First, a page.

And the slippers? We had them too. I can’t wait for my daugther to be more sure-footed to get some on her!

    And yes, I’m checking out the recipe!

  4. Jessica Anne says:

    Thanks, I loved those slippers.

  5. Nichole
    Twitter: ITSMoments

    Some of my happiest memories of my childhood were spent with my grandparents. They made me feel safe and beyond loved.

    I spent evenings knitting and crocheting with my Grammy and there was something so soothing about the sound of the knitting needles clinking against one another. You brought me back to that place with this piece, so thank you so very much.

    I love this part “My memories of her are short flashes, strong odors, unusual sounds, certain tastes.” I would absolutely love to hear more about those things.

    • Jessica Anne says:

      I love the sound of knitting needles too. Well, when being used by someone who knits well.

      Thank you for the critique, it made me realize I could rearrange some things and add in a few things I left out for brevity to make it better. So thank you.

  6. Rachel says:

    Tante just sent me the family cookbook. Your grandma is featured in it. Totally thought of the photo near the front of her :)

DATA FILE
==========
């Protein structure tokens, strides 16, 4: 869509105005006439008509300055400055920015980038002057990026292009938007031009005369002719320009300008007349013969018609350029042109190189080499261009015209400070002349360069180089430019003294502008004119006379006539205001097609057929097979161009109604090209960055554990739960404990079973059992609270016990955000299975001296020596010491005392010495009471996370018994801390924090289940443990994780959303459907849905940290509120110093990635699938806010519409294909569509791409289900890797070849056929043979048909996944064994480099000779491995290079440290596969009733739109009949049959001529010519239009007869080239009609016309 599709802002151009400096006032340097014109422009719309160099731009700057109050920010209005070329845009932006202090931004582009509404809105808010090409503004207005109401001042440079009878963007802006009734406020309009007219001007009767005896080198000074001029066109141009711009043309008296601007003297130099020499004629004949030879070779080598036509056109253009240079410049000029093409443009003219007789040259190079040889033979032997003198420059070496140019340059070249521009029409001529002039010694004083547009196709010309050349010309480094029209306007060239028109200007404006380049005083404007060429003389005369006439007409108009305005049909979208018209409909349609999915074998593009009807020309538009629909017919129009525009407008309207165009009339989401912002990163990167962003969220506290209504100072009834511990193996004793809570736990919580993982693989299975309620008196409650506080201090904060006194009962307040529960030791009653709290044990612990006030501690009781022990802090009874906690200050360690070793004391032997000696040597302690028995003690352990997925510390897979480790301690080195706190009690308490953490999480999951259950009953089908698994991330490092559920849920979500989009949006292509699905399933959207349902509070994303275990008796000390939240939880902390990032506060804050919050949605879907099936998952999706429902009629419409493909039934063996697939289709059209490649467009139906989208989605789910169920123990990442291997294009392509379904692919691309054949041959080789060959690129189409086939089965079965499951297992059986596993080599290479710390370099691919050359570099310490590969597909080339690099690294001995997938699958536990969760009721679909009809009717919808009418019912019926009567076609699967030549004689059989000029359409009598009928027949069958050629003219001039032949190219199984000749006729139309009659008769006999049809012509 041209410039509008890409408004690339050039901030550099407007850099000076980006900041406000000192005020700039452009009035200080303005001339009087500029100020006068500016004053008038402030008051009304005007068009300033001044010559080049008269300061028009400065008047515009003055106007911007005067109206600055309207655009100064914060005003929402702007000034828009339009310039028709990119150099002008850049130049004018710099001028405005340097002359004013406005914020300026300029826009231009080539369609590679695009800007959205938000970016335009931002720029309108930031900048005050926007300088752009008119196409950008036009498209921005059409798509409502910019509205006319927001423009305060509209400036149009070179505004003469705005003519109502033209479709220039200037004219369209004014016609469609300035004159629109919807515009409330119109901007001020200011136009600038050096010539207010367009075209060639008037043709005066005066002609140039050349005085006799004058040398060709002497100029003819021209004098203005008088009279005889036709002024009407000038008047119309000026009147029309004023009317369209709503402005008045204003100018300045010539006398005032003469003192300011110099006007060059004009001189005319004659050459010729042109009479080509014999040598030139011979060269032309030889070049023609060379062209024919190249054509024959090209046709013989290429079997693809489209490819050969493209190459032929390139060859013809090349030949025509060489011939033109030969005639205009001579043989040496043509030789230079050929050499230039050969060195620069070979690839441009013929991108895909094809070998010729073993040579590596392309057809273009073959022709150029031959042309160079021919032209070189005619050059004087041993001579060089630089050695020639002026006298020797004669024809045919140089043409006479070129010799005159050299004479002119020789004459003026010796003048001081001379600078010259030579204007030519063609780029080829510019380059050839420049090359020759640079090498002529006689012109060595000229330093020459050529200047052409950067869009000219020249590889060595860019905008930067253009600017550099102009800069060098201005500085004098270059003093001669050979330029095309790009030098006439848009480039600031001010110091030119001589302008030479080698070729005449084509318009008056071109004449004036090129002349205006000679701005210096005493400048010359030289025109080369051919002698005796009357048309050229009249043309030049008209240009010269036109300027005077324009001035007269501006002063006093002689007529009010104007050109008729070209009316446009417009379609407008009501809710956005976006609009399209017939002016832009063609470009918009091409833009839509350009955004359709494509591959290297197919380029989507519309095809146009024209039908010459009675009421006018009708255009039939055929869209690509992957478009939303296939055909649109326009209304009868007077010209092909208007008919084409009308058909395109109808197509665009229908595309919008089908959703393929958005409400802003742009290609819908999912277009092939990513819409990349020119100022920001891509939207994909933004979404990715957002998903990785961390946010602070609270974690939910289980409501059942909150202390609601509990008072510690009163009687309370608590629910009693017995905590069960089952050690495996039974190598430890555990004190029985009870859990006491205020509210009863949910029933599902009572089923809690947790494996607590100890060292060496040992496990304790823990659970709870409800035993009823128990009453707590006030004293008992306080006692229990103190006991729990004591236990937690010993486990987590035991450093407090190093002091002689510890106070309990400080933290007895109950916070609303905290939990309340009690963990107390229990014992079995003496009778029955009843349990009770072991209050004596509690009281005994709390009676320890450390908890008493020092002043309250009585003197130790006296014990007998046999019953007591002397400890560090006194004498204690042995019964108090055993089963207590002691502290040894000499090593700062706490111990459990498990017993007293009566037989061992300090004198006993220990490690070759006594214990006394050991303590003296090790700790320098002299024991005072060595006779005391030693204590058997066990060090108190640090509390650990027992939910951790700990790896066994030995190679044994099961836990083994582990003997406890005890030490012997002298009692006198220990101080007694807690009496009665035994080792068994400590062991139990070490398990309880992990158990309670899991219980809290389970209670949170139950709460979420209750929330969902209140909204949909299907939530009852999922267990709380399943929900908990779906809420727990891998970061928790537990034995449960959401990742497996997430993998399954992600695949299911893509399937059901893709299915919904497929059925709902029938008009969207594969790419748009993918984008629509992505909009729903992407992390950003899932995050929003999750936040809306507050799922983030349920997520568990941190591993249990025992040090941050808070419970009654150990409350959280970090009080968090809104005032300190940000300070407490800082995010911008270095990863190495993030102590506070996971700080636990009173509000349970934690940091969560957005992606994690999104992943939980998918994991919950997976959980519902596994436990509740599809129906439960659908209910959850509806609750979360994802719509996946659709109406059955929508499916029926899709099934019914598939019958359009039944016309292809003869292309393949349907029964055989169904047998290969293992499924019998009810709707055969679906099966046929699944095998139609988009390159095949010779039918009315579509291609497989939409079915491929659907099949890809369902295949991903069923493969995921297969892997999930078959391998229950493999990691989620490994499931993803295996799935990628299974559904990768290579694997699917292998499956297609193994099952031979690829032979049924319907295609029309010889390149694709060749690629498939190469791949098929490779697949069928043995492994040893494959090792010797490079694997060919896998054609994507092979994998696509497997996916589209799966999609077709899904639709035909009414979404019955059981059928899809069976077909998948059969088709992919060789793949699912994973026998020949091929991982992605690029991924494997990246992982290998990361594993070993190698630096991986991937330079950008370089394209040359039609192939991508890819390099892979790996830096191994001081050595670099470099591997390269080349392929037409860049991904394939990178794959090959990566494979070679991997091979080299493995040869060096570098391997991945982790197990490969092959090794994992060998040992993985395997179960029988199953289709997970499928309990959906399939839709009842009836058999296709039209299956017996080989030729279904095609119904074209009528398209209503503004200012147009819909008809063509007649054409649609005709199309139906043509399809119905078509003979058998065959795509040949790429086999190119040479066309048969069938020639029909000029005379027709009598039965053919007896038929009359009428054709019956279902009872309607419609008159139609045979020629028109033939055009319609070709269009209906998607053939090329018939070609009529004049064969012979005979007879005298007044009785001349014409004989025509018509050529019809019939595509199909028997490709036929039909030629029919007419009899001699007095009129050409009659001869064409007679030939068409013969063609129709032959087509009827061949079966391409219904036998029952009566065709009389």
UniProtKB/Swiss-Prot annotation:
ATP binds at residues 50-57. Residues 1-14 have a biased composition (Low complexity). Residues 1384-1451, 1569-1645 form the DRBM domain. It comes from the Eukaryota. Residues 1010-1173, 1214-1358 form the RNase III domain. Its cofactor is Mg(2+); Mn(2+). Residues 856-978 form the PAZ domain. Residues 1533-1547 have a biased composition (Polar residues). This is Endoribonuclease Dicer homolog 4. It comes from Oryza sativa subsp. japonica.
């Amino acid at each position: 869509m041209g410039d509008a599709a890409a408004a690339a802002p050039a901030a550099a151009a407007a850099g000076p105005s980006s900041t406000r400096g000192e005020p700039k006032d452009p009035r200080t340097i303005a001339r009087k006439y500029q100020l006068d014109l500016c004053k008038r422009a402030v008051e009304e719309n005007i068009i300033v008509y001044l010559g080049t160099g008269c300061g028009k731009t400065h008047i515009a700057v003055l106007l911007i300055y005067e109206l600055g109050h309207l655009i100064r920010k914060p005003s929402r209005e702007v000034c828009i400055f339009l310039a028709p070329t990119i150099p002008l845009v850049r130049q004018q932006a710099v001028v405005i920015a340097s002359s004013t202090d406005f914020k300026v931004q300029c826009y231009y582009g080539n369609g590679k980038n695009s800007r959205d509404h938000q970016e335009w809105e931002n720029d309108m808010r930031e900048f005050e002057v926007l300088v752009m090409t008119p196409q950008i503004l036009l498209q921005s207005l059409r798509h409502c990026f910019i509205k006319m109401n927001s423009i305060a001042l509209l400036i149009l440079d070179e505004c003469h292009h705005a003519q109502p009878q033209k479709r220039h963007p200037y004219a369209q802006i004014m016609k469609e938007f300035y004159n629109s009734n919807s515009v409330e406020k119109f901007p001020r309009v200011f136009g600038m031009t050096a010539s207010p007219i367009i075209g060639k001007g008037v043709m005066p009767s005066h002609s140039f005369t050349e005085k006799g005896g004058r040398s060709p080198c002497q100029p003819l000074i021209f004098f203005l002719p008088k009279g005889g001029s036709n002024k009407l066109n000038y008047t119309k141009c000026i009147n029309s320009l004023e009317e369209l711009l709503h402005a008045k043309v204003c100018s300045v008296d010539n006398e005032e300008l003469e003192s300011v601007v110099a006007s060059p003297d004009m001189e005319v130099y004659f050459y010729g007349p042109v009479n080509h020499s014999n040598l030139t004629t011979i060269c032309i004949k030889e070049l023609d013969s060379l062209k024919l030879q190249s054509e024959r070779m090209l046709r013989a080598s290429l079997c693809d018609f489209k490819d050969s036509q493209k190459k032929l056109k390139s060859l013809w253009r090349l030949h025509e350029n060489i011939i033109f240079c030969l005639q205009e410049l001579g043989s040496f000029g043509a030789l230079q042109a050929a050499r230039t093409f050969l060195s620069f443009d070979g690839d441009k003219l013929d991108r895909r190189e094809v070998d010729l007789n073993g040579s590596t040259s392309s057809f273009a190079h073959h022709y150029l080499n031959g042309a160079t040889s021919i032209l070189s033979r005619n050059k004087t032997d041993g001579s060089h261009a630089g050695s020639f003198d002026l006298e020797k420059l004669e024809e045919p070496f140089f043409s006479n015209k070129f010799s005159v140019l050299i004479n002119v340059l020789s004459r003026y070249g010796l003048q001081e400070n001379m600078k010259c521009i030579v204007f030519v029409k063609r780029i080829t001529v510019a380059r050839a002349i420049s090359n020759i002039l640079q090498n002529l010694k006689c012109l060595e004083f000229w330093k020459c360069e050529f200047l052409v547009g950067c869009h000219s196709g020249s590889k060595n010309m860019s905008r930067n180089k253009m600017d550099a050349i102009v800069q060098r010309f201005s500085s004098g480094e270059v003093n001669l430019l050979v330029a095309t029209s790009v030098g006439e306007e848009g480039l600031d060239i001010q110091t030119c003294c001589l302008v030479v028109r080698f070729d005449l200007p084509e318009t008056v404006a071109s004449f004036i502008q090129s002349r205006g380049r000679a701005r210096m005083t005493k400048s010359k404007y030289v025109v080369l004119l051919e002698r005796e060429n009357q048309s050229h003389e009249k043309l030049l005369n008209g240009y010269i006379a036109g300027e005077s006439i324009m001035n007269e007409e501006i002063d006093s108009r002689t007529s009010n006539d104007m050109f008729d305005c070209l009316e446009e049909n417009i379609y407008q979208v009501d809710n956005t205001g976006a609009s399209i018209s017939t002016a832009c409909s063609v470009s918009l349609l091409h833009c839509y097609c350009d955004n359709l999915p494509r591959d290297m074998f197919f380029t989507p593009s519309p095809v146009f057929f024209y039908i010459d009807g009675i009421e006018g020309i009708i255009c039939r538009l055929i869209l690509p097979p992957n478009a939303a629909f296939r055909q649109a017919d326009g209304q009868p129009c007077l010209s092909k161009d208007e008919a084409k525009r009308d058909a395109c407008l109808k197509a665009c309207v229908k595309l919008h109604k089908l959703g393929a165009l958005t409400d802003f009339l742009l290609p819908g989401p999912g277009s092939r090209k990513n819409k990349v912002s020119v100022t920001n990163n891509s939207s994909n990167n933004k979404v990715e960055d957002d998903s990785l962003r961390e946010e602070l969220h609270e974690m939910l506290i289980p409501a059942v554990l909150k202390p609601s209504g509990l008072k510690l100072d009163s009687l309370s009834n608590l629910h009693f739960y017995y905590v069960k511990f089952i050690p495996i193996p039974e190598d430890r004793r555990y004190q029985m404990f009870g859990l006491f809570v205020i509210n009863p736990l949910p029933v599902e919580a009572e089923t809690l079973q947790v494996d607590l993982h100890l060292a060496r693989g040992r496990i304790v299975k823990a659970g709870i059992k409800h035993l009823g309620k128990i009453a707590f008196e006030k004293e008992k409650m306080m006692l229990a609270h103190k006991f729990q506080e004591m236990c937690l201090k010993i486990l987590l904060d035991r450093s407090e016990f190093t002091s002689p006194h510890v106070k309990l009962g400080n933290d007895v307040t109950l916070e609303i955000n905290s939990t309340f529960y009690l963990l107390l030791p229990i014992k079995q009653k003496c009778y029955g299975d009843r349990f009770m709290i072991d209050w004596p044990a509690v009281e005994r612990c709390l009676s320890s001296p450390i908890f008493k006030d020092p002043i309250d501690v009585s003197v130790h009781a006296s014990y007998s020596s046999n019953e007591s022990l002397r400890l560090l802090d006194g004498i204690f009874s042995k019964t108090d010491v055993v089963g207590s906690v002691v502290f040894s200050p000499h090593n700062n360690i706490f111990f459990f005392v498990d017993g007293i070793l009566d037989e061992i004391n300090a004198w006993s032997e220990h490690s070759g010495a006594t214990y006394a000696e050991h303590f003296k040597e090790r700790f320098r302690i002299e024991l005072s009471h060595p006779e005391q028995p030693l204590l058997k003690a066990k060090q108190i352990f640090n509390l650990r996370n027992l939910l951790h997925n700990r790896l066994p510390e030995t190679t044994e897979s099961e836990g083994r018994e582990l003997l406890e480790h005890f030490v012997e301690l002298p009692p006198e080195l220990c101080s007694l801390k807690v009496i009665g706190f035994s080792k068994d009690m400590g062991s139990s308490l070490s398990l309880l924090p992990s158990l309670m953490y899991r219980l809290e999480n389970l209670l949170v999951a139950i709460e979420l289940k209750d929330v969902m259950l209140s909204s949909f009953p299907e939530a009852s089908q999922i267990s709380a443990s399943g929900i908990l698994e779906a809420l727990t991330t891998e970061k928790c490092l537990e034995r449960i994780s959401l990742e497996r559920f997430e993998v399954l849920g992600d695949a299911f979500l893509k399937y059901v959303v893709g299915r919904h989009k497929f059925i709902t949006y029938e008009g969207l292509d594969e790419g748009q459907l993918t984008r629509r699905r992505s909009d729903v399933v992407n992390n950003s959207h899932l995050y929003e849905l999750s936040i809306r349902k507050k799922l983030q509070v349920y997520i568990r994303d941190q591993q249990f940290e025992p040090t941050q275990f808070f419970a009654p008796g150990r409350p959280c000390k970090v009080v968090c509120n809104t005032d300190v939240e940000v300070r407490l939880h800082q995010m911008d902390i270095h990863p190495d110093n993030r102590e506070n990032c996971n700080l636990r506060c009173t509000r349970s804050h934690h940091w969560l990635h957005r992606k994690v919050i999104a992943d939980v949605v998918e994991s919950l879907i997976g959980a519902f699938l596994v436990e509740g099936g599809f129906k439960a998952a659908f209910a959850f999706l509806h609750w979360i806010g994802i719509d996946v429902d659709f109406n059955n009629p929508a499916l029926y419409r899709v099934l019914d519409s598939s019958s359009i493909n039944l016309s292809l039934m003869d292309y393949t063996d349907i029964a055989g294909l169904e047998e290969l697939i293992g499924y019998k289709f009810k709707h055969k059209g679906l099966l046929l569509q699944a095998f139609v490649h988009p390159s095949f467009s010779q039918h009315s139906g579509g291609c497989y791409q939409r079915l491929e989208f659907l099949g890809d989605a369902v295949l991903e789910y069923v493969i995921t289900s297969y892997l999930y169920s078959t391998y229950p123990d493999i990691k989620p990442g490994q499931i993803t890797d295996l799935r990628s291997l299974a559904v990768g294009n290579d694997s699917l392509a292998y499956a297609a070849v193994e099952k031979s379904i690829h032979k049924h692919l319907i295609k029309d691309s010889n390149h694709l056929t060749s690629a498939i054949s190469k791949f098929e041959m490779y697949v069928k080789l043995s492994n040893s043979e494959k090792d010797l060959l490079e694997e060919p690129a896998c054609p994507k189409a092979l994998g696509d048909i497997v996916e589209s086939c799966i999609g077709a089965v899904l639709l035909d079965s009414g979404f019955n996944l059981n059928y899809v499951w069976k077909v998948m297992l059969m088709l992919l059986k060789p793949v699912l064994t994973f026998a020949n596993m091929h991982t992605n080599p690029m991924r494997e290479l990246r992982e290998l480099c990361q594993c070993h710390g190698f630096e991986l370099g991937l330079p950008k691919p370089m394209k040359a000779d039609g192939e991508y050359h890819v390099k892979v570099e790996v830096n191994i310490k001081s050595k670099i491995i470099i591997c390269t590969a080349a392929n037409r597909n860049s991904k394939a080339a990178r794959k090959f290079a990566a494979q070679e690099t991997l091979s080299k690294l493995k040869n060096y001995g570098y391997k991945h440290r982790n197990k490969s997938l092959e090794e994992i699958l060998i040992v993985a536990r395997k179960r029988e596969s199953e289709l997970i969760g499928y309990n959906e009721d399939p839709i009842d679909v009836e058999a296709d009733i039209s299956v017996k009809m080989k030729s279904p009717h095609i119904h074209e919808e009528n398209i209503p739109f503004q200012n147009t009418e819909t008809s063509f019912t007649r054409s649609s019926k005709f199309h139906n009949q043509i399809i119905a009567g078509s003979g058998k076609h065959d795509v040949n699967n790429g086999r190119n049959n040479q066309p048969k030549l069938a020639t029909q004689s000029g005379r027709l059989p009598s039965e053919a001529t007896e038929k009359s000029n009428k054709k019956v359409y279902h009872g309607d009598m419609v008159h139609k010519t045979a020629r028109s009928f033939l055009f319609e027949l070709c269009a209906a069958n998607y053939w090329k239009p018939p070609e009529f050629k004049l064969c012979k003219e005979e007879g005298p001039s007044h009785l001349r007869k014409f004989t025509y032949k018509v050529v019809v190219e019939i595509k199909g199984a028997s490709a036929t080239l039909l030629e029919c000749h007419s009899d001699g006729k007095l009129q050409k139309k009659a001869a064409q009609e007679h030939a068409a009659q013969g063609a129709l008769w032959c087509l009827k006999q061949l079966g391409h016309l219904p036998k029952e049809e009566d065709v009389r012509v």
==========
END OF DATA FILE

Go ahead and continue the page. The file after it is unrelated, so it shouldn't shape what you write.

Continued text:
And Grandma’s always do cook better. I think it could be some kind of magic Grandma spice they put in or something. Grandma Haaland’s chicken still can’t be duplicated. That was SOOOOO good. I’ve got the market on her apple pies though… when I feel like spending an entire day attempting pie crust… and only succeeding once. :P

    • Jessica Anne says:

      Was that the first you got it? That picture is her holding me. In fact, all the pictures of her in there are with me. It’s because I was her favorite. ;)

      I have never had Grandma’s pie (or chicken for that matter). You’ll have to make the crust for me once. :)

  7. Cheryl @ Mommypants
    Twitter: mommy_pants

    Even though she died when you were so young I think it’s amazing she had such a wonderful lasting impression.

  8. Kristy says:

    I would also choose my grandma for this. She passed so recently, I wasn’t ready yet to write about it. Your post was tender.

  9. Natalie
    Twitter: mommyofamonster

    This is such a sweet post. There’s just something about little girls spending time with their grandmas – we learn so much from them. The recipe sounds really good, too.